James Watt CVO served extensively in the Middle East, including most recently as British Ambassador to Egypt (2011-14), Jordan (2006-11) and Lebanon (2003-6). His 37-year diplomatic career covered many of the major political and security questions of the day, providing wide experience also of economic, business and development issues.
On 12 July 2006 the Israeli Air Force launched a sudden attack on targets in Lebanon in retaliation for a Hizbullah operation that morning on the border. Israeli announcements made clear that this would be a punitive assault on Lebanon itself, not only on Hizbullah. Over the next five weeks, having soon run out of legitimate Hizbullah targets, it pummelled a widening selection of mostly civilian targets, alleging that they might be hiding Hizbullah rockets. The British Prime Minister, Tony Blair, made a statement encouraging them. James Watt was there as British Ambassador, and had come straight from a job as FCO Consular Director, responsible for world-wide planning for contingencies of this kind. The Embassy was well prepared to handle the evacuation of the 10,000 or so British Citizens in Lebanon, almost all of them dual nationals, and James was no novice. But many unknowns confronted the Embassy team. In this personal account he aims to highlight the lessons learnt.
API: What were your first thoughts as the crisis situations developed?
Nervousness, of course. There was no telling how things would develop. I knew I had to protect my staff and their families, and to take care of our British nationals. But I needed to ask my staff to take risks in order to achieve the latter. They would have to volunteer. I could not compel them. Unsurprisingly, the noise of heavy bombs (in fact air-launched missiles from out of sight planes), at irregular intervals and in unexpected places, around the clock, was unsettling. I'd had some previous experience of bombardments, but this was much worse.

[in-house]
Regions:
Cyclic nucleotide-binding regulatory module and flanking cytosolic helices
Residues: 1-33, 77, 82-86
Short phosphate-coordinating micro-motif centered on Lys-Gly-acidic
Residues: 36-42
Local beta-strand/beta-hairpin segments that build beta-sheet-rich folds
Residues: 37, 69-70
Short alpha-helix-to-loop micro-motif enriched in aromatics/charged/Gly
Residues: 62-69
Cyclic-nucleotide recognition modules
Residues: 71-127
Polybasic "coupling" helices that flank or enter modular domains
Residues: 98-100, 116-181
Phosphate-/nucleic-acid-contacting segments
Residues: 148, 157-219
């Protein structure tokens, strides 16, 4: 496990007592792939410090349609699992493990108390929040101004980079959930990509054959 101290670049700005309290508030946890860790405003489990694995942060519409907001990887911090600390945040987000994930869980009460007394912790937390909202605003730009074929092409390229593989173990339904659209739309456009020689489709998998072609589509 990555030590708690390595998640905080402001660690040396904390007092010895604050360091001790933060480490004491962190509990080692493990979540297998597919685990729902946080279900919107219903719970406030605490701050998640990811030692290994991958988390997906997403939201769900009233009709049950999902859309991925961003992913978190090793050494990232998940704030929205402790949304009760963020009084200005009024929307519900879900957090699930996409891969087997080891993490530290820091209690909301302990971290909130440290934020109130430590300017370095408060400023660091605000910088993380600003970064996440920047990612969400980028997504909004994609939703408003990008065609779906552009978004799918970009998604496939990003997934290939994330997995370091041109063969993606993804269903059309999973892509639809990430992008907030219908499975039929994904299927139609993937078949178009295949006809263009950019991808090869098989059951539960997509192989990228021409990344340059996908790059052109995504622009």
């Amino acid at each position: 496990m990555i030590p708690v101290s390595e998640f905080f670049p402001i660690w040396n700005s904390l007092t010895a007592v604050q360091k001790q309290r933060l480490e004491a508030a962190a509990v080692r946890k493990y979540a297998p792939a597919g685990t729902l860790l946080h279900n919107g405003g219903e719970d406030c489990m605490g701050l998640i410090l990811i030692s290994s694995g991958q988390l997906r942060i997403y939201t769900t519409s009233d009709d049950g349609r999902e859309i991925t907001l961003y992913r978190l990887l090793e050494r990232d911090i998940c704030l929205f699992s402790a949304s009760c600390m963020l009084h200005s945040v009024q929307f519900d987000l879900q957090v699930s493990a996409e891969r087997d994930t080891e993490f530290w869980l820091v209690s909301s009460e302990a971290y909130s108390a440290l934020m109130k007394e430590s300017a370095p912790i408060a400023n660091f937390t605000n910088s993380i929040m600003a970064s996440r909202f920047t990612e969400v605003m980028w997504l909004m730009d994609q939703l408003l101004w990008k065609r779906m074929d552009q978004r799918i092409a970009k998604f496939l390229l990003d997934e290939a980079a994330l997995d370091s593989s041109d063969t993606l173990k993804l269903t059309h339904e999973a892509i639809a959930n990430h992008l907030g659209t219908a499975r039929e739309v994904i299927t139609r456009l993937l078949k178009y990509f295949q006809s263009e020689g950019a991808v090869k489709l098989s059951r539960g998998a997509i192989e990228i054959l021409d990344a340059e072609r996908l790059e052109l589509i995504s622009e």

API: How well prepared were you and your team?
We had good plans, and morale was high. They say no plan survives contact with the enemy. This does not have to be true. Ours was adaptable. It did not try to cover all the details, leaving room for improvisation. It proved sufficiently robust.
API: What took you by surprise?
The Israelis chose not to knock out the mobile telephone network. Presumably so as to monitor Hizbullah communications. Had they done so it would have been very difficult to communicate with our nationals in order to arrange the evacuation, or even communicate with each other. We had been braced for that. The other surprise, having been told never to include the Royal Navy in our planning, was to be offered straight away a seaborne evacuation option. We grabbed it. The alternative would have been to arrange a difficult land evacuation northwards to the Syrian border at Tripoli, the road to Damascus having come under attack immediately.
API: What went right?